A US service member died Monday in a non-combat incident in northern Syria, the fourth non-combat casualty in the Middle East within two weeks. The service member’s name and unit has not been released, pending next of kin notification. The service member was deployed to Syria for Operation Inherent Resolve, the continuing anti-ISIS fight in Syria and Iraq. The death follows the April 23 death of US Army Spc. Michael Osorio in Iraq, the April 20 death of US Army Spc. Ryan Dennis Orin Riley in Iraq, and the April 19 death of USAF SSgt. Albert Miller at Al Udeid AB, Qatar. —Brian Everstine
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RADAR SWEEP


Air Force Academy Removes Commandant of Cadets Amid Investigation
The first openly gay general at the Air Force Academy has been removed as commandant of cadets, but leaders there were mum Monday on the exact cause of the apparent firing. Brig. Gen. Kristin Goodwin, who led military training at the academy since 2017, was removed from her role as commandant amid an investigation, the school confirmed Monday. The Gazette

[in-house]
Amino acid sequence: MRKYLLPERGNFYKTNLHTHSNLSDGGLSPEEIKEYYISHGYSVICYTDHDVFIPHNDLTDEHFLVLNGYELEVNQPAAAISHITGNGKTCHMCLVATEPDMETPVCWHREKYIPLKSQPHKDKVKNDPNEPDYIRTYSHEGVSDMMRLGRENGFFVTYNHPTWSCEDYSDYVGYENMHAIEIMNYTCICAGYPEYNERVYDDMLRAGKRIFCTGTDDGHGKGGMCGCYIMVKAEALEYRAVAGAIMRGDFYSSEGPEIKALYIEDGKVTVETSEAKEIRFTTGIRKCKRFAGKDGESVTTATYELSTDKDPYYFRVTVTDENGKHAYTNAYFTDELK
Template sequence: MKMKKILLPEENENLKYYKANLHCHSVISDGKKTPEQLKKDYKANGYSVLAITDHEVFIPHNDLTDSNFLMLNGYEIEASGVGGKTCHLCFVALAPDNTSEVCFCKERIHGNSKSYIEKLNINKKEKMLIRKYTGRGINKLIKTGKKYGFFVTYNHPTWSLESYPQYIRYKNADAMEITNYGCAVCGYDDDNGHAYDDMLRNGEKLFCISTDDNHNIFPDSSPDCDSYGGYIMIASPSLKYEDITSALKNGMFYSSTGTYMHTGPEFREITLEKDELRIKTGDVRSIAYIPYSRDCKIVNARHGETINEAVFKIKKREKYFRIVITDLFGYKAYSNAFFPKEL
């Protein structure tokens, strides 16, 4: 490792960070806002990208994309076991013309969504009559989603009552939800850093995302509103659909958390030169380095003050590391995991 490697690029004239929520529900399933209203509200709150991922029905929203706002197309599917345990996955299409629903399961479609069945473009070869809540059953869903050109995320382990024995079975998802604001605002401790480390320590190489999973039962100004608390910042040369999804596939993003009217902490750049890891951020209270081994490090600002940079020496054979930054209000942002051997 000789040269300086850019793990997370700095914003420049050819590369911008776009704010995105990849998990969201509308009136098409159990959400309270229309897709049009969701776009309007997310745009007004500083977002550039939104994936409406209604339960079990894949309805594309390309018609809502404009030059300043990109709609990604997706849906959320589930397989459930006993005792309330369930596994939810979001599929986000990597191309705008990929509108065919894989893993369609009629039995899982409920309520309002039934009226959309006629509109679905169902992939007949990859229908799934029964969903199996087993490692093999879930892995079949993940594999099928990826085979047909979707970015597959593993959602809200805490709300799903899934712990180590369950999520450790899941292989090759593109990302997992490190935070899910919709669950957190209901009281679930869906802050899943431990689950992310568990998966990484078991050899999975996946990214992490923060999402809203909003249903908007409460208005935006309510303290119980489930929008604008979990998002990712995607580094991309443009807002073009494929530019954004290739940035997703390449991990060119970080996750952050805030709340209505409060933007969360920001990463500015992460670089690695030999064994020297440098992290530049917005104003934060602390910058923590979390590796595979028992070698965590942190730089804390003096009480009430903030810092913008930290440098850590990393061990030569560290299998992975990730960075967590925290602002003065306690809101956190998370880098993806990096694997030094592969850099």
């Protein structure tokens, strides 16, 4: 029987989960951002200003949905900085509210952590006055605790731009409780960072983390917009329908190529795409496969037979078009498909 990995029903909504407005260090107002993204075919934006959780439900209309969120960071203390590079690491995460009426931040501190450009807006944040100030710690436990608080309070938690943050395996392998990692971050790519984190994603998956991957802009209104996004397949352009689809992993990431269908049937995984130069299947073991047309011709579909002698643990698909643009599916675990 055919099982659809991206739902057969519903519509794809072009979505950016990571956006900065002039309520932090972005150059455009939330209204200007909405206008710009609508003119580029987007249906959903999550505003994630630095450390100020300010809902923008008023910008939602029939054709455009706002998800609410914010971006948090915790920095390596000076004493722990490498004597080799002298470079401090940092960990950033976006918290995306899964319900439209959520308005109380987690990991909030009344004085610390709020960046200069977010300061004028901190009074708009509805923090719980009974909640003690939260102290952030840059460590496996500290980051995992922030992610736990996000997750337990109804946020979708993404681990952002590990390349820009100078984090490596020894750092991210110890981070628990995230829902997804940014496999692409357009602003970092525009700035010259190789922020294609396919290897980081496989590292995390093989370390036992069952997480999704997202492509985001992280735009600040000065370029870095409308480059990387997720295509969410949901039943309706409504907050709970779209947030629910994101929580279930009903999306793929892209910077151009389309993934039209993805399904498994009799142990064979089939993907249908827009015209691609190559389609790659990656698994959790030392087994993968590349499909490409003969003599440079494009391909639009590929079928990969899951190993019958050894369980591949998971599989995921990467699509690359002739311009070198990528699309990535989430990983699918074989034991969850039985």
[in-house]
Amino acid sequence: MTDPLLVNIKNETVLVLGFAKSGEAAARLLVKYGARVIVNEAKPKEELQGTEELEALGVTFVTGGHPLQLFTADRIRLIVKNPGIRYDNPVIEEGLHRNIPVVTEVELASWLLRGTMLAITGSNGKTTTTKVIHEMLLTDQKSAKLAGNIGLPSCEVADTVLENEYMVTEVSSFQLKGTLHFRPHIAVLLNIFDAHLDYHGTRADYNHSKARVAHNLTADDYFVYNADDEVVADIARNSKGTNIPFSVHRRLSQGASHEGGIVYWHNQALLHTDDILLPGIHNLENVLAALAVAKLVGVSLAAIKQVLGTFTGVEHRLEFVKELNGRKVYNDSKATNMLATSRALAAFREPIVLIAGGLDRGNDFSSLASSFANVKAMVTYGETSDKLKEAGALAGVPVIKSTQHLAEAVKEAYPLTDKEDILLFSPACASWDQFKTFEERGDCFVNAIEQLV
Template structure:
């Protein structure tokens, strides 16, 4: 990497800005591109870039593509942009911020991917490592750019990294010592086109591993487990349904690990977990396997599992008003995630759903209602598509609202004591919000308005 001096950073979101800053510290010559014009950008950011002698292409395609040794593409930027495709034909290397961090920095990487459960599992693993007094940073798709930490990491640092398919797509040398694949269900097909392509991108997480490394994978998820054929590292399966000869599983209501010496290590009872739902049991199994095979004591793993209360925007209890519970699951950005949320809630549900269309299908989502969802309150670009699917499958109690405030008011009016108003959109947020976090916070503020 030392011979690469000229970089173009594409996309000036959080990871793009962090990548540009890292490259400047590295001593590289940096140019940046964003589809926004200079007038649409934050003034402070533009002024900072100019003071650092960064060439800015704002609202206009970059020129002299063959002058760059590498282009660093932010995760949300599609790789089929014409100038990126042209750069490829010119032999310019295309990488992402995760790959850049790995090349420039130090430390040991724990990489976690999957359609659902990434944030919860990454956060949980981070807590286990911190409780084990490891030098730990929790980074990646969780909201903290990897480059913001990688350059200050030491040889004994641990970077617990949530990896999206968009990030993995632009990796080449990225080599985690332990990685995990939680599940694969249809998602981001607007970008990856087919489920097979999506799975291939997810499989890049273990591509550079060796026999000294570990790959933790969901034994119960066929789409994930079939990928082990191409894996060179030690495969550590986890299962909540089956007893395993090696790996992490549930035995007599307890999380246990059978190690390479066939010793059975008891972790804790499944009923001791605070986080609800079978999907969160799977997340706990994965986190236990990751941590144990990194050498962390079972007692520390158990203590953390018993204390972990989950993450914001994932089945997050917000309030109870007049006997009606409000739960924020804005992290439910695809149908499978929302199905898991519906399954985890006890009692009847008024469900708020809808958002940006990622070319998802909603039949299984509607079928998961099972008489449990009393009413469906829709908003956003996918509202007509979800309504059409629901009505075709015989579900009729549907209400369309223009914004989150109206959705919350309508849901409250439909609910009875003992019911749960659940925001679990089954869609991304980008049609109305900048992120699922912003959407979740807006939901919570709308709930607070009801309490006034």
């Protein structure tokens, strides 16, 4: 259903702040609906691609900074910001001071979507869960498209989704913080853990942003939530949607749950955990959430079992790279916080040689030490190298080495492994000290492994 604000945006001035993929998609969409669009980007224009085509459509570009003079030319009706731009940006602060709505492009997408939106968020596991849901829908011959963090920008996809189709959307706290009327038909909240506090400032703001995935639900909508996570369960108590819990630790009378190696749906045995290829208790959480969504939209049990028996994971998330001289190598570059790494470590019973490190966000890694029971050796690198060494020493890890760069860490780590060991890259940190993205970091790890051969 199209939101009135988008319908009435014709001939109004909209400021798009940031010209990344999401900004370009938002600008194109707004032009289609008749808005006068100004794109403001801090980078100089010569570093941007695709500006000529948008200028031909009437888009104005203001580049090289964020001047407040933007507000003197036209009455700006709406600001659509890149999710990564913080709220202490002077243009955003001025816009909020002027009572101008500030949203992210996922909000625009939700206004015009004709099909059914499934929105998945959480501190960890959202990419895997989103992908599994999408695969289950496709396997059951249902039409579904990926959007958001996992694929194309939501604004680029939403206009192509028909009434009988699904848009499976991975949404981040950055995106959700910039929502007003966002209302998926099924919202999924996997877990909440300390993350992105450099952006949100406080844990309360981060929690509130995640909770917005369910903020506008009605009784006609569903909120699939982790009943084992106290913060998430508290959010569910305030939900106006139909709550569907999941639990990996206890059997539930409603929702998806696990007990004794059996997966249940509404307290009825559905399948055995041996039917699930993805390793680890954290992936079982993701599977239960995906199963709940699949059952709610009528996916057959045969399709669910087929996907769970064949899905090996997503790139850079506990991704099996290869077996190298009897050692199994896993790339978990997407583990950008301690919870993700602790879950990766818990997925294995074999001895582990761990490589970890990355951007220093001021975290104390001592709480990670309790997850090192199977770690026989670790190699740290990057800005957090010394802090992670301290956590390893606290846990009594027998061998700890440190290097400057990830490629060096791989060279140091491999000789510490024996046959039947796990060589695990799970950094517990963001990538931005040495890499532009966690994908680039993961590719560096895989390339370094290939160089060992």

“Crippling” Manning Crisis for Enlisted Aviators Prompts Air Force to Expand Retraining
Maj. Gen. Robert LaBrutta, the Air Force’s director of military force management policy, said in an April 22 memo that certain airframes and specialties in career enlisted aviator jobs are nearing 65 percent manning. Air Force officials have in the past said that they start to get nervous when manning drops below 90 percent in a career field. Air Force Times

US Air Force Provides X-60A Hypersonic Flight Test Details
The US Air Force (USAF) plans to use the first two test flights of its X-60A GOLauncher1 (GO1) hypersonic flight research vehicle as capability demonstrations before using further test flights for experimentation, according to a key official. Jane’s

Pushback Continues as Air Force Prepares to Request Bids for Space Launch Services
A war of words between the chairman of the House Armed Services Committee and the Air Force over a multibillion-dollar national security launch services competition appears to be escalating. Space News

One Defense Agency Is Building a Bot Army
The Defense Logistics Agency will have an army of bots working independently across its networks by the end of fiscal 2019 and is currently deploying new automated applications every two weeks. Nextgov via Defense One

One More Thing …

Air Force Chief of Staff Gen. David Goldfein and Dawn Goldfein discuss PCS with Elmo and Abby on "Sesame Street" during the month of the military child. "Sesame Street"